Thomas Mogford is an author that I’ve been meaning to try for a while but other priorities have got in the way. However, carrying out my resolve to move my reading to other parts of Europe, I picked up Hollow Mountain as I was attracted to its Gibraltar location. I’m glad I did because Mogford is a seriously good writer. He manages to combine tense plotting with excellent prose and has produced a book a cut above the ordinary crime thriller. I wish I’d tried his books earlier.
Lawyer Spike Sanguinetti is in Genoa looking for his missing ex-girlfriend who telephones him to say she doesn’t want to be found and that the lives of his family are at risk. Spike is called back to Gibraltar when his partner becomes the victim of a hit and run accident which may have been a result of him being deliberately targeted. Spike picks up his partner’s outstanding cases which include a missing husband and a salvage company looking for silver bullion in a wreck in the Straits. Both cases lead him into violent confrontation with those looking to protect their financial interests.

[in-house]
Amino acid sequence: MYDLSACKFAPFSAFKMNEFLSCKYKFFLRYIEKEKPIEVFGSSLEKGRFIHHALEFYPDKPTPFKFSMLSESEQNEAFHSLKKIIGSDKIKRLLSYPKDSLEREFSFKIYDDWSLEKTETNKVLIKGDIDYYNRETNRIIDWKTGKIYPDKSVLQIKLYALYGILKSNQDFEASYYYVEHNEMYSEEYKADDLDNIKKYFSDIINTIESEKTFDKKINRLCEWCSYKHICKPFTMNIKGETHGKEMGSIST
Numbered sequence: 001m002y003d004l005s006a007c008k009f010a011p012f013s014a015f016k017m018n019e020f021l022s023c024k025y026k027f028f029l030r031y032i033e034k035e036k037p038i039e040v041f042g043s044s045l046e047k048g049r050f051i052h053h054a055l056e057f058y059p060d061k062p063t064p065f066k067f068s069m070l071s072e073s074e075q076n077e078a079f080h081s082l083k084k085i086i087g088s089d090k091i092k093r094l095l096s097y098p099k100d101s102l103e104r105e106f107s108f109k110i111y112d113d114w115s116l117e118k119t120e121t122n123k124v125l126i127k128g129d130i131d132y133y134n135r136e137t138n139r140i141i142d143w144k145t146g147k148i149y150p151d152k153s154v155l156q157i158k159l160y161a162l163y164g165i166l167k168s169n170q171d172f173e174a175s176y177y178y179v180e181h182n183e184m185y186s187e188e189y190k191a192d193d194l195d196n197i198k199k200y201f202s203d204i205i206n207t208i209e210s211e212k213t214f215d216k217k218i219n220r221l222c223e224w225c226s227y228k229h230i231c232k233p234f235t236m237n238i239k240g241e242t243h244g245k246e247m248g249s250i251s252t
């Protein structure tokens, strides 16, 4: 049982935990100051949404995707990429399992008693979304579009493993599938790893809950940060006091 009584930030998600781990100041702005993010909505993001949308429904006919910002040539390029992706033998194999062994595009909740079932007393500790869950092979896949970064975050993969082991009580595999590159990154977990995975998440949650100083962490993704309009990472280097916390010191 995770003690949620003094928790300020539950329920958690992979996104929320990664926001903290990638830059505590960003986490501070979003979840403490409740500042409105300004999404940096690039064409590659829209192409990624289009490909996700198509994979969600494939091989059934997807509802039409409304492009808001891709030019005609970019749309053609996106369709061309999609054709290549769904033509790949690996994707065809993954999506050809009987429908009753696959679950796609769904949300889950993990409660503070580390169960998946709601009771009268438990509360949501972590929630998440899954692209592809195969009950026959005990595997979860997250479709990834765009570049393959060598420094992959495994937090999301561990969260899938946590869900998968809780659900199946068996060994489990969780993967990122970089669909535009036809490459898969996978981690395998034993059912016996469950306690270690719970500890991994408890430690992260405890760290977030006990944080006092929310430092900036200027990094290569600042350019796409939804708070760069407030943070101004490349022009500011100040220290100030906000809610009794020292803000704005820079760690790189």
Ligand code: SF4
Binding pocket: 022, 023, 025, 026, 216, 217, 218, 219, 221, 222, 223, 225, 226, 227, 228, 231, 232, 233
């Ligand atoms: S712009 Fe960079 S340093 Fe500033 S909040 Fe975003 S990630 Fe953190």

Gibraltar is a place that I know little about so it was fascinating to read the descriptions of the baking hot landscape with its lacklustre buildings and slightly bored tourists. The perennial conflict with the Spanish border is constantly referred to and adds to both the tension in the book and the sense of a place brought to life. The landscape plays an important role in the narrative and we get glimpses not only of the tourist Gibraltar populated with its Barbary apes but also of the local community struggling to make a decent life in sub-standard housing.
Hollow Mountain is fairly shocking in terms of its depictions of violence but the author has done well to strike a balance between making the brutality graphic without seeming gratuitous. Although I’ve started reading the series with book three, I’ll definitely look out for the earlier novels, given the quality of the prose. Mogford really is an excellent writer and reminds me a little of another talented author, Adrian McKinty.
Thanks to Bloomsbury for my review copy.